Don't Breathe and The Definition of David Fincher's Cinematic Language
*Spoilers for Don’t Breathe, Panic Room, and The Girl with the Dragon Tattoo to follow.
“I think people are perverts. I’ve maintained that. That’s been—that’s the foundation of my career.” – David Fincher, The Girl with the Dragon Tattoo bonus features.
From the ever-looming god-like camera, to the contrast between warm and cold colors, to the striking insert shots, visually Don’t Breathe shares, or borrows, a lot of David Fincher’s signature motifs. Breaking down the premise of Don’t Breathe, we see that it’s very similar to Fincher’s 2002 thriller Panic Room. Three thieves looking for a sizeable sum of money break into a house and what they aren’t prepared for are the residents inside. In Panic Room, Jodie Foster and Kristen Stewart’s mother and daughter combo try to outwit the three thieves (Forest Whitaker, Dwight Yoakam, and Jared Leto) from the safety of their panic room. While in Don’t Breathe, the roles of protagonist and antagonist are reversed; Jane Levy plays a thief who along with her two accomplices decides to steal from a blind veteran who, it turns out, is hiding something truly sinister. Both films keep their characters in confined spaces, with all the action taking place in one house. Our leads in each, Foster and Levy, respectively, find that escape is key to their survival.
As a film on its own, Don’t Breathe works amazingly well. It manages to pave its own way and not just become a mimic of any other home invasion film we’ve seen before. There are stellar performances by Levy and Stephen Lang, who plays the blind veteran Norman. There’s one sequence set entirely in the dark, filmed with night vision cameras that’s a contender for most inventive, pulse-pounding sequence of the year.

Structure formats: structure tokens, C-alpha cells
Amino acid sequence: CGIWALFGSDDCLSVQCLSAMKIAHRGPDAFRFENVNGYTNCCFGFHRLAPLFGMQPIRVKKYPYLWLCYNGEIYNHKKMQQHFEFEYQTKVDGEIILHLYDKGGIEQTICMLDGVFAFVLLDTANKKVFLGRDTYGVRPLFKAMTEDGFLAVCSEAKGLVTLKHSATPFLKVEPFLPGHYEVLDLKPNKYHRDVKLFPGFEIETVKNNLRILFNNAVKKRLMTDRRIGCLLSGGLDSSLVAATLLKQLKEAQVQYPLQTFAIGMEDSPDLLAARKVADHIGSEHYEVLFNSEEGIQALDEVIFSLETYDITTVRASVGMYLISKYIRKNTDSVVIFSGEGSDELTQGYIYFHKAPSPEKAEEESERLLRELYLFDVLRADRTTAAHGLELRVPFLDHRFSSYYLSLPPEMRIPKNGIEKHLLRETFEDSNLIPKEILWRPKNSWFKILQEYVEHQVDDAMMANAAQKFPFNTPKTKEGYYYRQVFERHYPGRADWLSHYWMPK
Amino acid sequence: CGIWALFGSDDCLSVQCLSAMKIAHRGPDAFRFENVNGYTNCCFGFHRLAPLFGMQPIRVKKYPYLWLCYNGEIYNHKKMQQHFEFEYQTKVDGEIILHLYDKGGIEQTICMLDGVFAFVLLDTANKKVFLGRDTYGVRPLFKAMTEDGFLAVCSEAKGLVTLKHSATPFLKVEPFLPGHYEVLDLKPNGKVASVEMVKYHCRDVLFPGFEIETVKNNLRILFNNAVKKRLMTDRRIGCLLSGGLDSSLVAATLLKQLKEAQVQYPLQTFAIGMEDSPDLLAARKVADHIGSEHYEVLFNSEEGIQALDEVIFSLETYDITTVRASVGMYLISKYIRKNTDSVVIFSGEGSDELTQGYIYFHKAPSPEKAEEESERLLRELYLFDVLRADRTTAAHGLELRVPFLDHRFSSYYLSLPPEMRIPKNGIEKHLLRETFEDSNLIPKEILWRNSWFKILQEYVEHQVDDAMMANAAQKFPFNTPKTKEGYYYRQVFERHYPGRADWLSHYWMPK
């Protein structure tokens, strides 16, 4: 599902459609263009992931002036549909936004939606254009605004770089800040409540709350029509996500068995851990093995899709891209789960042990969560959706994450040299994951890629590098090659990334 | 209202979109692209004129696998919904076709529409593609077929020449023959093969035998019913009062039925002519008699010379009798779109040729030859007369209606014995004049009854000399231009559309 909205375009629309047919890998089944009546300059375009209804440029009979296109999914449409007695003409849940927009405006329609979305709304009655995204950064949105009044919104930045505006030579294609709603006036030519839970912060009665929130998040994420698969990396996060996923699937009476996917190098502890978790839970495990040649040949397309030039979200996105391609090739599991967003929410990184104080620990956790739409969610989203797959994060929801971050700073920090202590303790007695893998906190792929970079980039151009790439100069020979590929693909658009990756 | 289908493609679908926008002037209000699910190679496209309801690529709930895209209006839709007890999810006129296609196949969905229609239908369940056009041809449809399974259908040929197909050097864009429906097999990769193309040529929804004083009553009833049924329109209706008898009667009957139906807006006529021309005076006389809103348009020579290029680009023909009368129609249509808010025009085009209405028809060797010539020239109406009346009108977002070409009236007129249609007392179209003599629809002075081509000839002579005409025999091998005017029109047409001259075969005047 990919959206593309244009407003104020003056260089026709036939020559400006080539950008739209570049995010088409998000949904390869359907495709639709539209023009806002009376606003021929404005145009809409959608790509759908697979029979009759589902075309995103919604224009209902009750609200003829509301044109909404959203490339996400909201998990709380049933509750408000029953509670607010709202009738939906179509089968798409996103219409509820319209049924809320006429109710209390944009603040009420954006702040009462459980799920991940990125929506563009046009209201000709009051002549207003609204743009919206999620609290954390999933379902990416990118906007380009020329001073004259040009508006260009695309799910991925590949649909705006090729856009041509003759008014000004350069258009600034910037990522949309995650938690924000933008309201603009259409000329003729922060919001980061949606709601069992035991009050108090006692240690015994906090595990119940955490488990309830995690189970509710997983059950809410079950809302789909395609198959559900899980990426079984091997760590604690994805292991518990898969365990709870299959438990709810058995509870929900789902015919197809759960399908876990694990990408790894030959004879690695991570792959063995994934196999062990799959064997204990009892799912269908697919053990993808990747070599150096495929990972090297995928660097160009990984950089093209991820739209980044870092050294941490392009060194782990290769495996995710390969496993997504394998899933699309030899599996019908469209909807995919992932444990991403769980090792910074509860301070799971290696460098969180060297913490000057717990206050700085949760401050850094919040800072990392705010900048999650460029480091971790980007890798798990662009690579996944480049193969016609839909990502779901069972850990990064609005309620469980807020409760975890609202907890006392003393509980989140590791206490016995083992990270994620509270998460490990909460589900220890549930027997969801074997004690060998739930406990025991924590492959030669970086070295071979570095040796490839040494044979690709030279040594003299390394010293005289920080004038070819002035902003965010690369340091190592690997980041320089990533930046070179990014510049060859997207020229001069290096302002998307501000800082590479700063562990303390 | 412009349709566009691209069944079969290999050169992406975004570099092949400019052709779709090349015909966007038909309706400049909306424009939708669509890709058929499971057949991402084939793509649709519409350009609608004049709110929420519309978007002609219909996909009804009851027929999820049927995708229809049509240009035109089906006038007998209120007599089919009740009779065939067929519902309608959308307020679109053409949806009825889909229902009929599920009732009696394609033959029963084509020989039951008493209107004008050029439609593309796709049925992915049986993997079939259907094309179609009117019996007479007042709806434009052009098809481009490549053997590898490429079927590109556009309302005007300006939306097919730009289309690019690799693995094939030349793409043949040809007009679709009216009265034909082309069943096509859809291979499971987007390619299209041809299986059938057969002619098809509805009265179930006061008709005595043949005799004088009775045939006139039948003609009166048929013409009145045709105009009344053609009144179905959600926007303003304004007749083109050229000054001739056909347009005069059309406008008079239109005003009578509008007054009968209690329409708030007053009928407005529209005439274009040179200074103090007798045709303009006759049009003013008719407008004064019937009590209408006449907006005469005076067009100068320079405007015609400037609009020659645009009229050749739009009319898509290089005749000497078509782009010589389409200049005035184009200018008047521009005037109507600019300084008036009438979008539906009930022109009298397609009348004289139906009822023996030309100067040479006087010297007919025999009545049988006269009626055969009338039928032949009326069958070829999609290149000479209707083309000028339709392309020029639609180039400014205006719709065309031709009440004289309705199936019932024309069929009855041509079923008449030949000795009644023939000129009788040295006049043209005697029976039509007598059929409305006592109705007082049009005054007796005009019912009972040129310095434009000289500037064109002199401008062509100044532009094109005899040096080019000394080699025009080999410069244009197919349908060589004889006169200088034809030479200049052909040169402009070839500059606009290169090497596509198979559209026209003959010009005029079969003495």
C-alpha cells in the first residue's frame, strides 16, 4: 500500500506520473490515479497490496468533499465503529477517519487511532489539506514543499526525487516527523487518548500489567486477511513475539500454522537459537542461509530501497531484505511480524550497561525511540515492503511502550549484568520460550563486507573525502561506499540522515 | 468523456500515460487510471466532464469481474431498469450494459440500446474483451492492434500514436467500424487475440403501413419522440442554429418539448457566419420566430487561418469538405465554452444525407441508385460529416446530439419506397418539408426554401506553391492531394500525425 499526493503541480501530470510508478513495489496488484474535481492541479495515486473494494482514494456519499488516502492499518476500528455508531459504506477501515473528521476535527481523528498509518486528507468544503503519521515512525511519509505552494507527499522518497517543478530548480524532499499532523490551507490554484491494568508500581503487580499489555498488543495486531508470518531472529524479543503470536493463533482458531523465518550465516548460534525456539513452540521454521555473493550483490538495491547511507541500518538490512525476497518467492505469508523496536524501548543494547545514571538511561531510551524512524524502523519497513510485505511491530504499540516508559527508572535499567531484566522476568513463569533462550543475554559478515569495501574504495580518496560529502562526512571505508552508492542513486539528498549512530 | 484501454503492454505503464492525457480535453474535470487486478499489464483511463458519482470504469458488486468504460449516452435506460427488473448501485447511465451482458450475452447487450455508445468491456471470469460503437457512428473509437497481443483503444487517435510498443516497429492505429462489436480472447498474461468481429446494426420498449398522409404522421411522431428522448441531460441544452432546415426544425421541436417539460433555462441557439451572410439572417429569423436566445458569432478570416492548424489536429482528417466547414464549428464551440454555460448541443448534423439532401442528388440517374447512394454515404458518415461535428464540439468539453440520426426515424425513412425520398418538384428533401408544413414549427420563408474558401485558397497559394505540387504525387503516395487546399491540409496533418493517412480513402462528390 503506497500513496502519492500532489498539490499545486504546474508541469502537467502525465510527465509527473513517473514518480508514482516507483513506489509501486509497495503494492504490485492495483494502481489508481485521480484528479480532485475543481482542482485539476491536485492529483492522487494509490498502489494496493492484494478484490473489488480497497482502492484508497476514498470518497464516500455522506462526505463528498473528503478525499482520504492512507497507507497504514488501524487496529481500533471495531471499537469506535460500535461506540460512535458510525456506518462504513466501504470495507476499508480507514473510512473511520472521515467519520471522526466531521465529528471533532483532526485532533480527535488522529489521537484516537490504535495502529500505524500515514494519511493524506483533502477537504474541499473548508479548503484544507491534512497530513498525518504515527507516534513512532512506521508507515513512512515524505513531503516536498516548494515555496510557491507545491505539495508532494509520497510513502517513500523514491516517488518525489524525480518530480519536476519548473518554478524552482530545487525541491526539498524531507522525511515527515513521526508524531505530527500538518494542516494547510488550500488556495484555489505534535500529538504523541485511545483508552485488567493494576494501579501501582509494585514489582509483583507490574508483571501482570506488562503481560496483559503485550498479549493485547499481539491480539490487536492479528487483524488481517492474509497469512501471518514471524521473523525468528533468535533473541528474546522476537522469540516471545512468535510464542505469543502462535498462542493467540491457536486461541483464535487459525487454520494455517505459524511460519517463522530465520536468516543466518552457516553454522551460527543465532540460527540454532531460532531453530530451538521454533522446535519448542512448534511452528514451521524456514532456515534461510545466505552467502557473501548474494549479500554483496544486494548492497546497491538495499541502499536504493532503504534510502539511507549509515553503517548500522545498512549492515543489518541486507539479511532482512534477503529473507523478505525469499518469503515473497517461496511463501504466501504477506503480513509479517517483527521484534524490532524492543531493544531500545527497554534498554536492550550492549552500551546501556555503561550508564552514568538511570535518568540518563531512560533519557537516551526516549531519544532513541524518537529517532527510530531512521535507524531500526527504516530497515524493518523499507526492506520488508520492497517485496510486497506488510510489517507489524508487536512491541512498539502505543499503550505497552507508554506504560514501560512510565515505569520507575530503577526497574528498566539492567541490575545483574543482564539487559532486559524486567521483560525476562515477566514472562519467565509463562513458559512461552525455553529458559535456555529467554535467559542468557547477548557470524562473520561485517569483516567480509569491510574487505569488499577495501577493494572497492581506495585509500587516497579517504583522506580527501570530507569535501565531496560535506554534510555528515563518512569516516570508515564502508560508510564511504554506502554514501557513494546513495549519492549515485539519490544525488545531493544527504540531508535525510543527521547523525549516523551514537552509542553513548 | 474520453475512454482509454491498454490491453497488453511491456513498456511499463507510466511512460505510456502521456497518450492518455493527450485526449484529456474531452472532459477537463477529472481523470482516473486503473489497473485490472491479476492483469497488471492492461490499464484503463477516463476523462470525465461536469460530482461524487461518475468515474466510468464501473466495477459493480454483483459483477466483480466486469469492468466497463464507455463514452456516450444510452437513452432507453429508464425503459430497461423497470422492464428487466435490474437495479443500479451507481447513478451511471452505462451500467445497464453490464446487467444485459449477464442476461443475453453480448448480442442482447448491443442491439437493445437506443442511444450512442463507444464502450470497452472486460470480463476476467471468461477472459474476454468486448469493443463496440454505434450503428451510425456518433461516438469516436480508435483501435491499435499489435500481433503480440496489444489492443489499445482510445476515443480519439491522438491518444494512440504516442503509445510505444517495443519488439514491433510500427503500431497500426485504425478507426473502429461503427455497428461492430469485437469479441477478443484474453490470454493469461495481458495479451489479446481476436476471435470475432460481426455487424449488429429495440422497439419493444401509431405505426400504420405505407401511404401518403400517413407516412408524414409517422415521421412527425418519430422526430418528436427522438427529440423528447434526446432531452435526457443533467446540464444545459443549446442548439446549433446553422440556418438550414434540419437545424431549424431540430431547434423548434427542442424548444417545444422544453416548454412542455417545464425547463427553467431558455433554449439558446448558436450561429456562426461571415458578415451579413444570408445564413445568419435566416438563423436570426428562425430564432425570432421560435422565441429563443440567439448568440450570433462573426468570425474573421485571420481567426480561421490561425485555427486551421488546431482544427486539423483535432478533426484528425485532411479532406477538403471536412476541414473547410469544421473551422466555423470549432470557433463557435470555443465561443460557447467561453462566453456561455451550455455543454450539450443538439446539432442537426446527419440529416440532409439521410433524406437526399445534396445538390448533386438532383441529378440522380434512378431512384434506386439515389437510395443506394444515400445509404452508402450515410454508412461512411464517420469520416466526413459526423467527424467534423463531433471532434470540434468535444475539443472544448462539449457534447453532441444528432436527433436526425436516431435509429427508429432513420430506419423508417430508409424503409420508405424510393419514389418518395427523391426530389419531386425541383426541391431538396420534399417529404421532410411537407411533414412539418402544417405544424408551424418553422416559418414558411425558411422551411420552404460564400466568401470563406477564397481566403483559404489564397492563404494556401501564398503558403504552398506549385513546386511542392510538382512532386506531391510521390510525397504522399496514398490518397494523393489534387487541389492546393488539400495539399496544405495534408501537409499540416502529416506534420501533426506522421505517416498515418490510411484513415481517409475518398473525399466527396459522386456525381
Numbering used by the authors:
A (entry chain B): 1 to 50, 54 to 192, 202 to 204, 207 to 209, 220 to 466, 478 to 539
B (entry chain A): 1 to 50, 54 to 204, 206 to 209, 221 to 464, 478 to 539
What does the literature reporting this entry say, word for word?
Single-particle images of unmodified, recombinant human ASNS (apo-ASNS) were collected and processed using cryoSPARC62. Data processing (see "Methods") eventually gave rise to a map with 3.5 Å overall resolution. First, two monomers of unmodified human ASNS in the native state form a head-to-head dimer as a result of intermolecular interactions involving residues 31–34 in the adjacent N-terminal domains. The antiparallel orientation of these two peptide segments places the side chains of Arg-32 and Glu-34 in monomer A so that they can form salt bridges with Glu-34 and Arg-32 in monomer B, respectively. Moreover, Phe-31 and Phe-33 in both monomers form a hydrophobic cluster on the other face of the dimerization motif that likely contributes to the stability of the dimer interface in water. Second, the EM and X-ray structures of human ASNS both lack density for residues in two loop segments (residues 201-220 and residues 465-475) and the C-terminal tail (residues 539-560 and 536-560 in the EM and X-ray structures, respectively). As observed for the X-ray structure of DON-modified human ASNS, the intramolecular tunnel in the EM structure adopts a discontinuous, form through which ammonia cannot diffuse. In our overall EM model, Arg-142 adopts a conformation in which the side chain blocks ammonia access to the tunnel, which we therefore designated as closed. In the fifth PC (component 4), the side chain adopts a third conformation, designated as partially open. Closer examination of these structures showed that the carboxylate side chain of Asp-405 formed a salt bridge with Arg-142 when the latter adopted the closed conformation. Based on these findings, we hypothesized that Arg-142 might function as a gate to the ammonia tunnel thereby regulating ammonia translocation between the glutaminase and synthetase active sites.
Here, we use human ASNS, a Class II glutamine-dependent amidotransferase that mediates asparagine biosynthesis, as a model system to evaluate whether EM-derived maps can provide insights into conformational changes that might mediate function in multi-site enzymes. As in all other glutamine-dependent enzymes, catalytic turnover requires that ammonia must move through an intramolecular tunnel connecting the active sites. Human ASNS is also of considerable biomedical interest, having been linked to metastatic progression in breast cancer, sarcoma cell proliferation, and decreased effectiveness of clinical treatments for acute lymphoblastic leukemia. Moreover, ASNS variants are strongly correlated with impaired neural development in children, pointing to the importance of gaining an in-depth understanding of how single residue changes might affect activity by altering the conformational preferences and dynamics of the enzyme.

Don’t Breathe director Fede Alvarez embraces the similarities to Panic Room, stating in an interview that, “I saw [Panic Room] when I was in film school and it really impacted me in terms of all the things you could do with a camera to tell the story, how to place the audience in the house.” On the DVD commentary track for Panic Room, Fincher describes one of the key shots in the film, where the camera moves with expert precision, as “personality-free” and “Terminator-like”. There’s an unbroken shot early on in Don’t Breathe that foreshadows events later in the film that Alvarez says is directly influenced by Fincher’s inhuman camera work.
More specifics line up between the two films; one of the thieves in Don’t Breathe, played by Daniel Zovatto, has a cornrow haircut that looks a lot like Jared Leto’s cut in Panic Room (which was all Leto’s idea, according to Fincher) and they each share a similar, painful death. There’s a moment when the moral center of the thieving trio, Dylan Minnette and Forest Whitaker, respectively, get burned on the temple by a recently-fired gun barrel. The films' title cards have a similar fonts and even the name Raoul/Raul is thrown around in each. Small details add up. It feels like Alvarez studied every little nuance in Panic Room in order to replicate and build on the home invasion genre.
Panic Room is the primary key to dismantling Don’t Breathe, but Alvarez doesn’t stop there with the Fincher callbacks. There’s a brutal gunshot to the face that recalls Edward Norton’s self-mutilation in Fight Club, right down to the use of slow-motion, the bright pulse of the gunfire and the blast rippling through the skin. Then we have what happens in the dungeon.
This is the point when Don’t Breathe turned off many audience members and critics. What started out as a seemingly by-the-numbers home invasion film, becomes incredibly seedy and perverse. It is revealed that Norman isn’t just protecting his cash stash, but he's kidnapped a woman and is keeping her in his basement. It gets even more disgusting as we learn why exactly Norman has been keeping her. The woman is responsible for killing his daughter, and according to Norman it’s only fair that since he lost a child he’d be given one back. Frozen semen and a turkey baster are involved.
This make-shift basement dungeon in Don’t Breathe looks similar to the one from Fincher’s The Girl with the Dragon Tattoo, restraints and cords hold the victim, while bright fluorescent lights shine above. Don’t Breathe and The Girl with the Dragon Tattoo share the kind of glossy repulsiveness that Fincher is known for.